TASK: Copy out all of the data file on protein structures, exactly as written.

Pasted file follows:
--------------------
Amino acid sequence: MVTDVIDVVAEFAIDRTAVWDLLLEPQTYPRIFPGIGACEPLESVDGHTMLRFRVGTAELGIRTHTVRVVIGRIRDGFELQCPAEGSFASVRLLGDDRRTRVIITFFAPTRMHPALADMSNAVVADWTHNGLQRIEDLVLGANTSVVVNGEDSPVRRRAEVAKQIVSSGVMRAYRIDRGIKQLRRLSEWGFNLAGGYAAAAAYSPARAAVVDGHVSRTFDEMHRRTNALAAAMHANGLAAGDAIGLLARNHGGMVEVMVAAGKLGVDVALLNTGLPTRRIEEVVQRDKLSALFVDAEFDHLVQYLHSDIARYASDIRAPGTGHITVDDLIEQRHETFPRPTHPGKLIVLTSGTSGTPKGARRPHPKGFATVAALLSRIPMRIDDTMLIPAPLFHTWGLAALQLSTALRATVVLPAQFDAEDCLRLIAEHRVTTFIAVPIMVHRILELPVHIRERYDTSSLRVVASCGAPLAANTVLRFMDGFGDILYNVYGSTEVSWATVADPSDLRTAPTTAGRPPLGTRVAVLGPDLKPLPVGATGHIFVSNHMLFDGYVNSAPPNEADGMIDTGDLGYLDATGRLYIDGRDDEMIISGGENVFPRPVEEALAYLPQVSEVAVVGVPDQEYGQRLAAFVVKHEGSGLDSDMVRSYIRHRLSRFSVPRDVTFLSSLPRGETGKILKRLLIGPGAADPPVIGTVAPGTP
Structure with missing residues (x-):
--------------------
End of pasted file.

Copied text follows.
Amino acid sequence: MVTDVIDVVAEFAIDRTAVWDLLLEPQTYPRIFPGIGACEPLESVDGHTMLRFRVGTAELGIRTHTVRVVIGRIRDGFELQCPAEGSFASVRLLGDDRRTRVIITFFAPTRMHPALADMSNAVVADWTHNGLQRIEDLVLGANTSVVVNGEDSPVRRRAEVAKQIVSSGVMRAYRIDRGIKQLRRLSEWGFNLAGGYAAAAAYSPARAAVVDGHVSRTFDEMHRRTNALAAAMHANGLAAGDAIGLLARNHGGMVEVMVAAGKLGVDVALLNTGLPTRRIEEVVQRDKLSALFVDAEFDHLVQYLHSDIARYASDIRAPGTGHITVDDLIEQRHETFPRPTHPGKLIVLTSGTSGTPKGARRPHPKGFATVAALLSRIPMRIDDTMLIPAPLFHTWGLAALQLSTALRATVVLPAQFDAEDCLRLIAEHRVTTFIAVPIMVHRILELPVHIRERYDTSSLRVVASCGAPLAANTVLRFMDGFGDILYNVYGSTEVSWATVADPSDLRTAPTTAGRPPLGTRVAVLGPDLKPLPVGATGHIFVSNHMLFDGYVNSAPPNEADGMIDTGDLGYLDATGRLYIDGRDDEMIISGGENVFPRPVEEALAYLPQVSEVAVVGVPDQEYGQRLAAFVVKHEGSGLDSDMVRSYIRHRLSRFSVPRDVTFLSSLPRGETGKILKRLLIGPGAADPPVIGTVAPGTP
Structure with missing residues (x-):